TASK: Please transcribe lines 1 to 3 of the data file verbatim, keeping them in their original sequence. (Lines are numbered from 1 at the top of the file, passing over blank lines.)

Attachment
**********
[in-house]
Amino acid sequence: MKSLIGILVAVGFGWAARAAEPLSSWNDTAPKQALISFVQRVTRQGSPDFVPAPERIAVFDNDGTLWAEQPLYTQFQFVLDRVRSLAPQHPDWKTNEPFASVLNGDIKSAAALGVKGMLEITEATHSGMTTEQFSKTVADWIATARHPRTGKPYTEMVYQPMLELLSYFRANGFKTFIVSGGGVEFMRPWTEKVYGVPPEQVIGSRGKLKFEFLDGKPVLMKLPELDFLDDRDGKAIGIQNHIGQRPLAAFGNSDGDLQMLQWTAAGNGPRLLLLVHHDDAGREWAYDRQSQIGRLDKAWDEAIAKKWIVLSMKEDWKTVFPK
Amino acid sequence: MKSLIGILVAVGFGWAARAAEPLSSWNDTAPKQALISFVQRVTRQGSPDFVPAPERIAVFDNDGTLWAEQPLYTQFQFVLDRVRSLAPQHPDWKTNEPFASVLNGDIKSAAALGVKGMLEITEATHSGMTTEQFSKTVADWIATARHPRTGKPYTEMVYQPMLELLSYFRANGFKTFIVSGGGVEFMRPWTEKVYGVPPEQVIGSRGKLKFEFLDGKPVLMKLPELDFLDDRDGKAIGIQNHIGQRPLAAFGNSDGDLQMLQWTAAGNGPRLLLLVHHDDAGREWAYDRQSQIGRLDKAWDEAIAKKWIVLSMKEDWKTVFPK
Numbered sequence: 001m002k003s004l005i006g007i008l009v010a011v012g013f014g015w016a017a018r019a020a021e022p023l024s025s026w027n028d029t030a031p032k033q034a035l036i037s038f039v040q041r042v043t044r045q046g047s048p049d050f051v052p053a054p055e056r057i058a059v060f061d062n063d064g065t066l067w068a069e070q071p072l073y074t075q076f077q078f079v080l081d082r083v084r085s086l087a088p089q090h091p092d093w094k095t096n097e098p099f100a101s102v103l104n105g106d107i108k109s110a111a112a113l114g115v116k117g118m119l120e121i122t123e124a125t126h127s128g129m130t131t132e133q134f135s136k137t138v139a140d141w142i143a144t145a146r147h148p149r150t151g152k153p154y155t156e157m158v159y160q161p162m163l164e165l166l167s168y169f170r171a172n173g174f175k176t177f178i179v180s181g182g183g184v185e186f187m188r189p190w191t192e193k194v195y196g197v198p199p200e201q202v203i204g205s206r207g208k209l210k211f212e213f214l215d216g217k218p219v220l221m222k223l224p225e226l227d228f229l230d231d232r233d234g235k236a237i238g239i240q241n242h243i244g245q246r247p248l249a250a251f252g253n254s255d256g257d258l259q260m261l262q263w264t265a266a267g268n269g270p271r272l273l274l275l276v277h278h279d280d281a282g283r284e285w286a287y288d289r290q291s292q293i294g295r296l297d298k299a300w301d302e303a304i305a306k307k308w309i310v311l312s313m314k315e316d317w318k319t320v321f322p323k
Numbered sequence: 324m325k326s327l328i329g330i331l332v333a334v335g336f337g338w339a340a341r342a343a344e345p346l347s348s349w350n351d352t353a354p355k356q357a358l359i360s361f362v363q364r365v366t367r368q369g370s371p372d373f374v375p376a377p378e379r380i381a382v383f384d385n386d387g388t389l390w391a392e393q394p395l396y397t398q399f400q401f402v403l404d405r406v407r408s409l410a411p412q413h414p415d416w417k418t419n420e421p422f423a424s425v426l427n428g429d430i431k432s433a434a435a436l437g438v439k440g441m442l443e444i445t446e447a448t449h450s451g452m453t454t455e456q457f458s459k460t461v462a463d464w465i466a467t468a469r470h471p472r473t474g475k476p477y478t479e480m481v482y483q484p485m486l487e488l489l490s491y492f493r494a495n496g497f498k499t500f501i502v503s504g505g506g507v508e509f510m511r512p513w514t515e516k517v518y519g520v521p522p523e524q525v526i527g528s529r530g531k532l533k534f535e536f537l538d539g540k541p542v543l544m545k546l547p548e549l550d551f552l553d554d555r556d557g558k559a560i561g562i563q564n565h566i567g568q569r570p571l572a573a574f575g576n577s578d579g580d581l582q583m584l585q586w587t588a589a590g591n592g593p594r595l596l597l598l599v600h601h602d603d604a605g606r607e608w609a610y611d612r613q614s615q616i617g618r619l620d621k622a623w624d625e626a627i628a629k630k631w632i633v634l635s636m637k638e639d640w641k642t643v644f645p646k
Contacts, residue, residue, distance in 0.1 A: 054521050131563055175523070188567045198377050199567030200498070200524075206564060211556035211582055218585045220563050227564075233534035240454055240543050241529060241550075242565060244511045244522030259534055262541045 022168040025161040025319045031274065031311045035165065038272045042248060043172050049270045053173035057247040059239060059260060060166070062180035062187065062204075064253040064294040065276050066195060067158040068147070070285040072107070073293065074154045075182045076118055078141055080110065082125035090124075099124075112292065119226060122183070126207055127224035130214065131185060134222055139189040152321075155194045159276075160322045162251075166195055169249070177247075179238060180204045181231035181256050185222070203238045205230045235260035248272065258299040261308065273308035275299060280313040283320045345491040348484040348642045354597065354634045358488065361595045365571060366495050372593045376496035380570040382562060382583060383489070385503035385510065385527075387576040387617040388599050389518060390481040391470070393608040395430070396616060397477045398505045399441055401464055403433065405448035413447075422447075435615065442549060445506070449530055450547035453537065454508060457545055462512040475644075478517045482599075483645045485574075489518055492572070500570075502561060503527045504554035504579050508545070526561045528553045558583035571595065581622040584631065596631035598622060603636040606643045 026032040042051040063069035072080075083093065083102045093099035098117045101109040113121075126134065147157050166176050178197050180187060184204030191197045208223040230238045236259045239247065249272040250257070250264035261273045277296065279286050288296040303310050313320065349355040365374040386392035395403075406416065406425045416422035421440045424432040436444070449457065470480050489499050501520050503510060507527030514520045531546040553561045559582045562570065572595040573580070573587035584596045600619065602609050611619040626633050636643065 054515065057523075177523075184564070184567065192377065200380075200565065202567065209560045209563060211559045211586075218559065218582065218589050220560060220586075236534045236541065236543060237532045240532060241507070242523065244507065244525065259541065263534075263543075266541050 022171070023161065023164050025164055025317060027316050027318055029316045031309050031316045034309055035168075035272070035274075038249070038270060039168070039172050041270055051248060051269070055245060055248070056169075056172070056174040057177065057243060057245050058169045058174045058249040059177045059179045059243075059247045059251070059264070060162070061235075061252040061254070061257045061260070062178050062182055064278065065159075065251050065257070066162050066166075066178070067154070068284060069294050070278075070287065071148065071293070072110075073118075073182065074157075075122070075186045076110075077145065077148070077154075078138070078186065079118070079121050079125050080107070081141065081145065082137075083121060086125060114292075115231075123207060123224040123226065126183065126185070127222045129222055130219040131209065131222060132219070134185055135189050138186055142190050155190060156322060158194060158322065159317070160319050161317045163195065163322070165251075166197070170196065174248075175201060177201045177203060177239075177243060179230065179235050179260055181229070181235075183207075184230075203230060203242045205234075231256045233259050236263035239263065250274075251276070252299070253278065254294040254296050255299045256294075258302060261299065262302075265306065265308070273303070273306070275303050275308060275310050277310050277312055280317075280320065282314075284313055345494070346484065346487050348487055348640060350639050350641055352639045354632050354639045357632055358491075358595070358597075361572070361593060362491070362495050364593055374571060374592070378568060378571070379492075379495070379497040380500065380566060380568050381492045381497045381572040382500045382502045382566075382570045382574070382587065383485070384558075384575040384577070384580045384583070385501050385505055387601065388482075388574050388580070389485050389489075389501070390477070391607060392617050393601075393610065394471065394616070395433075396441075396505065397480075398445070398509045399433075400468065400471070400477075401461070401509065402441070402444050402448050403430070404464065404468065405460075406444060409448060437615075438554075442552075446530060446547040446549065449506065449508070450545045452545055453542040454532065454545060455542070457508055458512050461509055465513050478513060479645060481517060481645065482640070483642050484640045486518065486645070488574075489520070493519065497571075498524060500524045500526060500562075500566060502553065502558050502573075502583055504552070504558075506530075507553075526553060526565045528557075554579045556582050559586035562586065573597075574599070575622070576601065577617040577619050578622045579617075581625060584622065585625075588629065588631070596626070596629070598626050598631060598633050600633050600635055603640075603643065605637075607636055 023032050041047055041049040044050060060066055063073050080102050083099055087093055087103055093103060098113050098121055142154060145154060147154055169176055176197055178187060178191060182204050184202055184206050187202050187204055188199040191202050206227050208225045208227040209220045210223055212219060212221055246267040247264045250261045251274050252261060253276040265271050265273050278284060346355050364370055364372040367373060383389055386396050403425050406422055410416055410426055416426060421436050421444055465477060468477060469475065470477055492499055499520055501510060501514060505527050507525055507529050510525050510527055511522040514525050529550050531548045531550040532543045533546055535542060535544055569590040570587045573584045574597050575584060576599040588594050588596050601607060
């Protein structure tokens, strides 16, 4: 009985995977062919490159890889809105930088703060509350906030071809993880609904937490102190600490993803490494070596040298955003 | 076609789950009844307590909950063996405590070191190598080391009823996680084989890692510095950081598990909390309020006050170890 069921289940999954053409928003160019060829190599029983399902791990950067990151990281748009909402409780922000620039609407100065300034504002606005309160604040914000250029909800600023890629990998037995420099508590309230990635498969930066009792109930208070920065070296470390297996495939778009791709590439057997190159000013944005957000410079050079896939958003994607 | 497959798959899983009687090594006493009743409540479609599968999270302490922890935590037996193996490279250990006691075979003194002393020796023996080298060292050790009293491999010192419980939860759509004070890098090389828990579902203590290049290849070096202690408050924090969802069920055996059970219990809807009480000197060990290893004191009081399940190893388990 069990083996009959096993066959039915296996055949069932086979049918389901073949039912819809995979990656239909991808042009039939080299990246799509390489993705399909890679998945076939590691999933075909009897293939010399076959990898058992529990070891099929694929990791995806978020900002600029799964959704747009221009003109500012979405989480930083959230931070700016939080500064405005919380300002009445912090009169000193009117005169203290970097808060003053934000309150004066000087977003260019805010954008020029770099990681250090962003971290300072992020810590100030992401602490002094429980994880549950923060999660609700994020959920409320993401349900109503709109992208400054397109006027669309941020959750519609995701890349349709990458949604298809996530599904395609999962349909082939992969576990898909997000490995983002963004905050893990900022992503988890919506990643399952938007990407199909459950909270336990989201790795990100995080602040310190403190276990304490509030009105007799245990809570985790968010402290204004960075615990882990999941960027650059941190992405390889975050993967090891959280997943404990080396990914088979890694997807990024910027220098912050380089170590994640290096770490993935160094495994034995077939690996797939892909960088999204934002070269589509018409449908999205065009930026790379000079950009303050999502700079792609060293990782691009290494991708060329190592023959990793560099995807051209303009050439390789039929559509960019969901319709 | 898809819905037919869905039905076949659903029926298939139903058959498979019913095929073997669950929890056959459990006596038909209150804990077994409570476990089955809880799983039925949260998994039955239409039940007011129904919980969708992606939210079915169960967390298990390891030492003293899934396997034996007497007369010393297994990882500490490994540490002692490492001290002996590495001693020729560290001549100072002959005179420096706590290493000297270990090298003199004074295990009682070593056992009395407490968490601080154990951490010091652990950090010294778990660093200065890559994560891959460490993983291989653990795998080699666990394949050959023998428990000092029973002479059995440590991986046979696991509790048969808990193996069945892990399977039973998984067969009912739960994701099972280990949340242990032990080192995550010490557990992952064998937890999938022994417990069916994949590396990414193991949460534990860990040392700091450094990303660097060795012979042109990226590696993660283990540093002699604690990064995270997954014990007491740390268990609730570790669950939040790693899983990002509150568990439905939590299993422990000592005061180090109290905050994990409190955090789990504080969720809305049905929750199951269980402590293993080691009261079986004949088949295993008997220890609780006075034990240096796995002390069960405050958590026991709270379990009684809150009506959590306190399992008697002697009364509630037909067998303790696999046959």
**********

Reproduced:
[in-house]
Amino acid sequence: MKSLIGILVAVGFGWAARAAEPLSSWNDTAPKQALISFVQRVTRQGSPDFVPAPERIAVFDNDGTLWAEQPLYTQFQFVLDRVRSLAPQHPDWKTNEPFASVLNGDIKSAAALGVKGMLEITEATHSGMTTEQFSKTVADWIATARHPRTGKPYTEMVYQPMLELLSYFRANGFKTFIVSGGGVEFMRPWTEKVYGVPPEQVIGSRGKLKFEFLDGKPVLMKLPELDFLDDRDGKAIGIQNHIGQRPLAAFGNSDGDLQMLQWTAAGNGPRLLLLVHHDDAGREWAYDRQSQIGRLDKAWDEAIAKKWIVLSMKEDWKTVFPK
Amino acid sequence: MKSLIGILVAVGFGWAARAAEPLSSWNDTAPKQALISFVQRVTRQGSPDFVPAPERIAVFDNDGTLWAEQPLYTQFQFVLDRVRSLAPQHPDWKTNEPFASVLNGDIKSAAALGVKGMLEITEATHSGMTTEQFSKTVADWIATARHPRTGKPYTEMVYQPMLELLSYFRANGFKTFIVSGGGVEFMRPWTEKVYGVPPEQVIGSRGKLKFEFLDGKPVLMKLPELDFLDDRDGKAIGIQNHIGQRPLAAFGNSDGDLQMLQWTAAGNGPRLLLLVHHDDAGREWAYDRQSQIGRLDKAWDEAIAKKWIVLSMKEDWKTVFPK